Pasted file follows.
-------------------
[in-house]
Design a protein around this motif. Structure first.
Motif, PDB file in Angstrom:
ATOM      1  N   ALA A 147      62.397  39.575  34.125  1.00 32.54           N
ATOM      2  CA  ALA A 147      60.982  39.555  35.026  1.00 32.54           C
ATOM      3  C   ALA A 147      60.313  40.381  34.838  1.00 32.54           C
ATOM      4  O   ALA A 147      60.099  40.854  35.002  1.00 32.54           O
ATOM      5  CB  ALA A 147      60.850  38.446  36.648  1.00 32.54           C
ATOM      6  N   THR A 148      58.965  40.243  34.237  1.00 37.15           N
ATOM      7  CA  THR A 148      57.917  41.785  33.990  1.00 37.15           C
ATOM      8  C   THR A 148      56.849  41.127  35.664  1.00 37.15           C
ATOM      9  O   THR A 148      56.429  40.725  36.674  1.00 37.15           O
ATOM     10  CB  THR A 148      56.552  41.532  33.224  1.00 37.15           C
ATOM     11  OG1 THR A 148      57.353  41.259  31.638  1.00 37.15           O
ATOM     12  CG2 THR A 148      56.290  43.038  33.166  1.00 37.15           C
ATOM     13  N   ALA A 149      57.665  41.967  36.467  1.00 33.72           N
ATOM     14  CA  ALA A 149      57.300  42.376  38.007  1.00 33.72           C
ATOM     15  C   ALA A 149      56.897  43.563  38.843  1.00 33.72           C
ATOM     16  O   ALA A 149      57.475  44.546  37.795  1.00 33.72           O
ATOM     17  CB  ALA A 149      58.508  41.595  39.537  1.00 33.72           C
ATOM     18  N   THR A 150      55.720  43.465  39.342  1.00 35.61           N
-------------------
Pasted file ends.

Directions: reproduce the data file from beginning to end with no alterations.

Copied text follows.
[in-house]
Design a protein around this motif. Structure first.
Motif, PDB file in Angstrom:
ATOM      1  N   ALA A 147      62.397  39.575  34.125  1.00 32.54           N
ATOM      2  CA  ALA A 147      60.982  39.555  35.026  1.00 32.54           C
ATOM      3  C   ALA A 147      60.313  40.381  34.838  1.00 32.54           C
ATOM      4  O   ALA A 147      60.099  40.854  35.002  1.00 32.54           O
ATOM      5  CB  ALA A 147      60.850  38.446  36.648  1.00 32.54           C
ATOM      6  N   THR A 148      58.965  40.243  34.237  1.00 37.15           N
ATOM      7  CA  THR A 148      57.917  41.785  33.990  1.00 37.15           C
ATOM      8  C   THR A 148      56.849  41.127  35.664  1.00 37.15           C
ATOM      9  O   THR A 148      56.429  40.725  36.674  1.00 37.15           O
ATOM     10  CB  THR A 148      56.552  41.532  33.224  1.00 37.15           C
ATOM     11  OG1 THR A 148      57.353  41.259  31.638  1.00 37.15           O
ATOM     12  CG2 THR A 148      56.290  43.038  33.166  1.00 37.15           C
ATOM     13  N   ALA A 149      57.665  41.967  36.467  1.00 33.72           N
ATOM     14  CA  ALA A 149      57.300  42.376  38.007  1.00 33.72           C
ATOM     15  C   ALA A 149      56.897  43.563  38.843  1.00 33.72           C
ATOM     16  O   ALA A 149      57.475  44.546  37.795  1.00 33.72           O
ATOM     17  CB  ALA A 149      58.508  41.595  39.537  1.00 33.72           C
ATOM     18  N   THR A 150      55.720  43.465  39.342  1.00 35.61           N